Well. A few months after booking, a lion killed Fig. I was so sad and disappointed to learn she’d been killed…and of course it gave me another reason to hate lions. At this point we were committed to going to this camp, so I was hoping to: a) see a relative of Fig, and b) avoid lions if we had a private vehicle.
Because of the rain at Rhino Camp we couldn’t leave from the close airstrip again and ended up at this large airstrip that was actually quite nice. I was very surprised when our plane showed up – it was a big one!
No masks were enforced, however most people were smart and sexy and wore one, except for two dummies who sat across from us (of course). I didn’t say anything, but my eyes told them they had low IQs and were ugly. Just kidding – they avoided eye contact with everyone. Ha ha.
Once we made it to our stop, the Olare-Motorogi Conservancy in the Maasai Mara, we were picked up by Wilson (our driver) and Wilfred (our spotter), both silver stars. Impressive! This is where my recorder really came in handy, because why did they both have to have W names? We met so many new people at each camp that if I didn’t record the names I probably would have never remembered. Anyway, these two men couldn’t have been nicer. The first day or so Wilfred, the spotter, did a lot more of the talking. This was unusual to us because at the last camp the spotter rarely spoke except to occasionally point out an animal we had already discovered ourselves 3 seconds beforehand. Ha.
Wilfred was fantastic and he had the absolute best smile. The odd thing was that his smile really reminded me of our nephew, just the brown version of him. I wasn’t going insane – Sal said he could see it when I pointed it out to him. I’ll post a pic of them both further in the report. Wilfred was very smart and shared so much information, which we appreciated much more than just pointing out an animal. I made the mistake of saying something to Wilfred when I first met him like, “so you are the spotter and Wilson is the guide?”. He quickly corrected me by saying, “We’re both guides.” Wilfred definitely proved that time after time. Honestly, I thought he was better than our last driver, who it turns out was the head of the guides at that camp! I could tell right away that the situation at this camp was going to be completely different. Hurrah!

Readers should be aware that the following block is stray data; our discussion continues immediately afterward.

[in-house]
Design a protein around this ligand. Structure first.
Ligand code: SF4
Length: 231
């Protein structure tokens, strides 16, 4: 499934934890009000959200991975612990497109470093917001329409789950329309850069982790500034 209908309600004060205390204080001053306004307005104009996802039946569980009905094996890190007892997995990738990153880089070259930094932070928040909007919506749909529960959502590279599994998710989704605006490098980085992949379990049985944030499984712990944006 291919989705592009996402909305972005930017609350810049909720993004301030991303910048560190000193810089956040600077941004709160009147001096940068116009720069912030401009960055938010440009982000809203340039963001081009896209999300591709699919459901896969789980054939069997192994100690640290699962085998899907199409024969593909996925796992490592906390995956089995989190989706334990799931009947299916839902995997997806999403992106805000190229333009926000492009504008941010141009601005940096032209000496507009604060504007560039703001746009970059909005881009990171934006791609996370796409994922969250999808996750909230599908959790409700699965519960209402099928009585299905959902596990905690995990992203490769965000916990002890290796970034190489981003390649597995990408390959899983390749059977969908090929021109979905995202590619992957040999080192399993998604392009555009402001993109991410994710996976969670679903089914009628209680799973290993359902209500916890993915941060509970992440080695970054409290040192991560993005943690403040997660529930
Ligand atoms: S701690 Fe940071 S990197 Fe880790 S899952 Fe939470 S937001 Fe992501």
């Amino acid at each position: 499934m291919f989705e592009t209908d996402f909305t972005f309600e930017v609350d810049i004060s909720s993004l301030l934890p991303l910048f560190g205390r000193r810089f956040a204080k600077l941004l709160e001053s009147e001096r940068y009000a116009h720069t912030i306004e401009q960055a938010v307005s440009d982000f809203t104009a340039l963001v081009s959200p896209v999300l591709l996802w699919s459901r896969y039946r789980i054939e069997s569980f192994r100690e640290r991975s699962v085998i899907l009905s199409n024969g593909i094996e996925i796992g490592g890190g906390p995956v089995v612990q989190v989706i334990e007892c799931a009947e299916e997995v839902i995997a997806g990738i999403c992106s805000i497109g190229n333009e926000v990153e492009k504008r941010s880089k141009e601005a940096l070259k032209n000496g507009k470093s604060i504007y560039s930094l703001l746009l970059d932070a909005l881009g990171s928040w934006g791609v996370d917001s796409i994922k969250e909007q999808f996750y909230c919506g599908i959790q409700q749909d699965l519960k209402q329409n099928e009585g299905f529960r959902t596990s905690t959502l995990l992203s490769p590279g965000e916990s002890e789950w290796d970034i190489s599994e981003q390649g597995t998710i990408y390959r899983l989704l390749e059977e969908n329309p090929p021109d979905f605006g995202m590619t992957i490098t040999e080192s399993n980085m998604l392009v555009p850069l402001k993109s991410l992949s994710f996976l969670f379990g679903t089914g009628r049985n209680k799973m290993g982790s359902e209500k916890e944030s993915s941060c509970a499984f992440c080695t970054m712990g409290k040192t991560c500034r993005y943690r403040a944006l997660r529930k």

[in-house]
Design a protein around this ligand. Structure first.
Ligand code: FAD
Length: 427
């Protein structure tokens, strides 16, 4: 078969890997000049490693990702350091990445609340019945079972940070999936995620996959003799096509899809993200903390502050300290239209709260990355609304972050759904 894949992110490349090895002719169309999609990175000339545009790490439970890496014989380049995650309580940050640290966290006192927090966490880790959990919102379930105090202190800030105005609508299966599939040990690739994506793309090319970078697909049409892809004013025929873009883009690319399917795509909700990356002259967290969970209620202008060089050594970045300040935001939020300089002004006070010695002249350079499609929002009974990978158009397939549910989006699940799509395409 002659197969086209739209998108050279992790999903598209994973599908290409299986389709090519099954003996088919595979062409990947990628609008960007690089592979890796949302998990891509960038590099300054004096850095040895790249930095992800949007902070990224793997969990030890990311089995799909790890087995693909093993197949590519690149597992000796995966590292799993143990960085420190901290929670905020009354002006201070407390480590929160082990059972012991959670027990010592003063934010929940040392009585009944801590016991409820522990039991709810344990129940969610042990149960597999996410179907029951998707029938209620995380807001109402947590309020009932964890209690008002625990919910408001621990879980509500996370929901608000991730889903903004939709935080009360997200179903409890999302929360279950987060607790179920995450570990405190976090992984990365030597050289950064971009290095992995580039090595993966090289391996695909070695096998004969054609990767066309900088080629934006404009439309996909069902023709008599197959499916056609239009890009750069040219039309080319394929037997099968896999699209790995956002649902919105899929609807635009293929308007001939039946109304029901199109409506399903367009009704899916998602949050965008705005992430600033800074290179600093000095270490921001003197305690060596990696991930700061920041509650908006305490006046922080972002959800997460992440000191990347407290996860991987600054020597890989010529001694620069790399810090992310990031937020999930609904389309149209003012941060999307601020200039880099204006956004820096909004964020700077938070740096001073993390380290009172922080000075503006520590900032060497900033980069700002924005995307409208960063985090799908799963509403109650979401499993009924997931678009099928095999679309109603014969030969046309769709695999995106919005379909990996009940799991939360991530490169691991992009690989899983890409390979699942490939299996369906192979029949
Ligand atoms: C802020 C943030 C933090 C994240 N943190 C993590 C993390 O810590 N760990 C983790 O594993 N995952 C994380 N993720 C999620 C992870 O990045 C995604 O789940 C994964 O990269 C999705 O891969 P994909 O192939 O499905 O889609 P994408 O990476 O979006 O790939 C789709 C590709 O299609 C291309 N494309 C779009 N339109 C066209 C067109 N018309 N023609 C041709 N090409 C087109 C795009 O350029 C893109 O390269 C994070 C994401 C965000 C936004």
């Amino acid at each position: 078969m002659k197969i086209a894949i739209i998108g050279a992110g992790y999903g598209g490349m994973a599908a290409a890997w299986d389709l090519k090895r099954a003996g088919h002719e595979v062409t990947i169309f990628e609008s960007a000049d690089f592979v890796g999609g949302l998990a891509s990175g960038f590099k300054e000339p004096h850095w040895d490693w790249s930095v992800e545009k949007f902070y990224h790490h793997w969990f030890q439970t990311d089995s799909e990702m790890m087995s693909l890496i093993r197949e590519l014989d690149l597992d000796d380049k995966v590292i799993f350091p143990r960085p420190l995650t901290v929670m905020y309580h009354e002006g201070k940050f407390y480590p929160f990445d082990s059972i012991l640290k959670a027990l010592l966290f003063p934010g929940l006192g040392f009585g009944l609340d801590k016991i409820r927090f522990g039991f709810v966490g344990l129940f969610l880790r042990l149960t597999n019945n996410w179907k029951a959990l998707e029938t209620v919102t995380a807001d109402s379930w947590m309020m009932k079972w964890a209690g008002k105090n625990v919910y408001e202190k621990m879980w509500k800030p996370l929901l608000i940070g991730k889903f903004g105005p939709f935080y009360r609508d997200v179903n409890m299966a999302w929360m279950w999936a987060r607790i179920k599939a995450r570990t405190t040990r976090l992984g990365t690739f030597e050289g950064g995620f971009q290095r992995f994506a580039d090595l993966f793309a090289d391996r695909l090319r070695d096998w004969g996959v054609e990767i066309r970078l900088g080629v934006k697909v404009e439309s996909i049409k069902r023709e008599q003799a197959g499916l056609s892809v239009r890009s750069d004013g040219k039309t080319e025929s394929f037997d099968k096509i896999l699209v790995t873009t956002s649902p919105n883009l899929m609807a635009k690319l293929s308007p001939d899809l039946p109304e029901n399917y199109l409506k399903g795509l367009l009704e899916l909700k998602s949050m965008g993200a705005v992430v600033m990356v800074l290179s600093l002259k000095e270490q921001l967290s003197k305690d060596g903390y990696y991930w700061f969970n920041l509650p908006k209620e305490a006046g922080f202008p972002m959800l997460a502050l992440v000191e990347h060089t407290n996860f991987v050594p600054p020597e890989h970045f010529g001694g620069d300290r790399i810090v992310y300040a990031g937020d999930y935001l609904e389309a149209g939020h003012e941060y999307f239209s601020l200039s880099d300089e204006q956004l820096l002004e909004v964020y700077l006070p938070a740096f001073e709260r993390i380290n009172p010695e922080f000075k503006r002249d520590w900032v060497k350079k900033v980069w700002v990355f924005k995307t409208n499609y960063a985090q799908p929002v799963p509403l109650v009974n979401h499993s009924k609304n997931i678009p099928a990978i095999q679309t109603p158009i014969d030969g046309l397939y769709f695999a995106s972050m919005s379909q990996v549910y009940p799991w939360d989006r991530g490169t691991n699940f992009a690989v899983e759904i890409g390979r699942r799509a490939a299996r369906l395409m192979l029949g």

On our drive to camp we got to see a few animals we hadn’t seen yet – ostrich, wildebeest (antelope) and topi (antelope). We also got to see a cute family of ellies. No pics, but believe me… you will be absolutely sick of elephant pics by the time this trip report is over as the second 1/2 of the trip is focused only on them!
We were greeted warmly by Daniel, the head of the camp, and James, one of the wait staff. Daniel was fantastic as he loved to joke around – particularly when I asked him which tent was ours and he said the furthest. When I responded, “oh no”, he told me our tent was something like a half of a mile away. In my head I figured a lion was definitely going to eat me there. Then Sal told me he was joking. They both got a chuckle out of that one. Our tent was the furthest, but it still was pretty close to everything. And like last camp, our first night we were the only guests there!